Short Version: The warmest welcome we've received so far this trip is certainly this one in Rome. After host-related entertainment, we set out to explore the Vatican Museum which has a great collection but way too many gift shops. Now scroll through and look at the pretty photos. :)
Long Version: It took us a little while to find our hotel in Rome. We had the address and were in approximately the right location but we couldn't find the correct street number nor could we find a sign anywhere. It turns out that that's because our hotel is not labelled. We've looked since and still can't find anything.
Luckily, the hotel owner had a friend (assistant?) who came out looking for us since he knew approximately when we were supposed to arrive. After showing us to our room, this super friendly Romanian guy asked if we were hungry, started to tell us where some food options were, and then said, "It's easier if I just show you." So he proceeded to lead us around to a bunch of pizza places until we found one that was open. We enjoyed sampling some delicious Roman pizza:
Not the greatest photo, but I love that you can just pop into a pizza shop, get a slice or two of several different kinds of pizza, and be on your merry way - all for a pretty affordable price.
The next day started off with a traditional minimalist Italian breakfast with the hotel owner. Over cappuccinos and jam croissants at the espresso bar around the corner, he regaled us with information about Rome and drew all over a map of the city, making suggestions for itineraries, food, and more. Paul had read that Wednesday mornings were a good day to go to the Vatican museum since many people are over at St. Peter's to see the Pope. This turned out to be an excellent tip - we waited in line for less than five minutes.
The Vatican Museum is overwhelming and has an extremely confusing layout. To make matters worse, the map they give you is crap. I'm willing to admit that my reading of maps isn't always the best, but when Paul has problems, you know it's not good.
However, we managed. I mailed some postcards from the Vatican (most expensive postcard stamps ever!):
We saw Hercules many times over (clearly, he was a popular figure to sculpt):
Paul and I both thought The River Nile was quite neat:
And, of course, the fabulous Laocoon, which I loved seeing on my first trip to Rome in high school and was eager to see again. Such an expressive sculpture!
Then there's the magnificent School of Athens:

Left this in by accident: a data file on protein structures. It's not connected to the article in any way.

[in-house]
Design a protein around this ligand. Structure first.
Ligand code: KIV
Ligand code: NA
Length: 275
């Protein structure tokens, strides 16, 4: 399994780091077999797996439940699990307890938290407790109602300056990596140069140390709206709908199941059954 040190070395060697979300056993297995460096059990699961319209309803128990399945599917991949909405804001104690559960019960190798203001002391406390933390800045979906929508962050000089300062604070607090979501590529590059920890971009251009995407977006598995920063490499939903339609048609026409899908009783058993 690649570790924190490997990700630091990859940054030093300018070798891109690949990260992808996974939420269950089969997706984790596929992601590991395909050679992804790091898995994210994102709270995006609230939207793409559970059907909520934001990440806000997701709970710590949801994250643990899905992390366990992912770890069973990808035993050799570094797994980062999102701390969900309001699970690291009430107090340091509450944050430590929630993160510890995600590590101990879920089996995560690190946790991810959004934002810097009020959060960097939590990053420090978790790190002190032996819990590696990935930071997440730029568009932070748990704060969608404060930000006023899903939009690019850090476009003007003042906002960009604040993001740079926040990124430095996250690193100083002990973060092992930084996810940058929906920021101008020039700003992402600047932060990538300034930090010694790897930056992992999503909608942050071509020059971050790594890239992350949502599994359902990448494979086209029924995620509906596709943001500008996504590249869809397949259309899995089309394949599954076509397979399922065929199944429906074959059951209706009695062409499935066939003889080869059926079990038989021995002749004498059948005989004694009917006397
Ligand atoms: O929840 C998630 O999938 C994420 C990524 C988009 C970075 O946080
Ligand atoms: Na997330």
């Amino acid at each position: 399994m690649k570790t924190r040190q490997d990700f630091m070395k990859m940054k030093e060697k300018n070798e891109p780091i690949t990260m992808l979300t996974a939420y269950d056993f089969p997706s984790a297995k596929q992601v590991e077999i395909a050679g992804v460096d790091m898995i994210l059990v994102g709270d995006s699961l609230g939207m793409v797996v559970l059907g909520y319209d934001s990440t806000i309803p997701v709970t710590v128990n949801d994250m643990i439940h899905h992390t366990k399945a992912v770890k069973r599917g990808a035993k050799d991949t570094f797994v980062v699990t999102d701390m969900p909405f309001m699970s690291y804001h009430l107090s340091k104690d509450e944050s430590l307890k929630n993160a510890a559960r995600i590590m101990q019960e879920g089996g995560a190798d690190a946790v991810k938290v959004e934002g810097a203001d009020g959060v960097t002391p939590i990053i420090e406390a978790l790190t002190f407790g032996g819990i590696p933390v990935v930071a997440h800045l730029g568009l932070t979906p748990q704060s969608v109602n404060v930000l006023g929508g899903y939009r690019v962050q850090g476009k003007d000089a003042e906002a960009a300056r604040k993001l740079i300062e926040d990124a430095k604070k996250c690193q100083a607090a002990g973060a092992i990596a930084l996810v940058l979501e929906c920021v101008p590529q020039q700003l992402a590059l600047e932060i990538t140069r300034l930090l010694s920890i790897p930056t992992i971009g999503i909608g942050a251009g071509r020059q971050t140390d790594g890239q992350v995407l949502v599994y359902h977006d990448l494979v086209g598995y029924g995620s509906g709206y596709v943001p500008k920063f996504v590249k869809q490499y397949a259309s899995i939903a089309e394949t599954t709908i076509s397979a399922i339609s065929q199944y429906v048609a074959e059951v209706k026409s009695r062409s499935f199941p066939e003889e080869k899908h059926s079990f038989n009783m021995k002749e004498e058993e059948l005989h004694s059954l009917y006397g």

I always forget how large these things are - the School of Athens takes up a huge wall.
We topped off our visit with the Sistine Chapel, which was also larger than I remembered. My main memory was of the crush of bodies, which held true this time as well, although not quite as bad. The line to get in took forever. Then we were able to stand in a somewhat less crowded space before queuing up in a tightly packed line for ages to get back out. And the guards were worse than your worst librarian - endless loud "shhhhh-ing" to quiet the crowd.
Paul commented that the Sistine Chapel is a horrible fire hazard. If something happened in that room, many of us would not have made it out. There was simply no where to go. There are other doors but Paul was not confident any of the guards could have gotten to them in time to open them for a panicked crowd.
The other nuisance in the Vatican Museum was the ridiculous amount of gift shops. As you stroll through the endless galleries following the signs to the Sistine Chapel, they have many mini gift shops set up along the halls - in extremely inconvenient locations where they take up half the walking space in an already crowded area. And, as you exit the museum itself, you are funneled through the biggest gift shop of all. I expected that last part, but all the small ones spread throughout the inside were excessive.
After the museum, we took a very long walk which included a hill with a pretty good view of part of Rome:
Our hotel folks say Rome really isn't that big of a city. I suppose that's true - as far as the parts that most tourists want to see are concerned. But from up high, it looks enormous.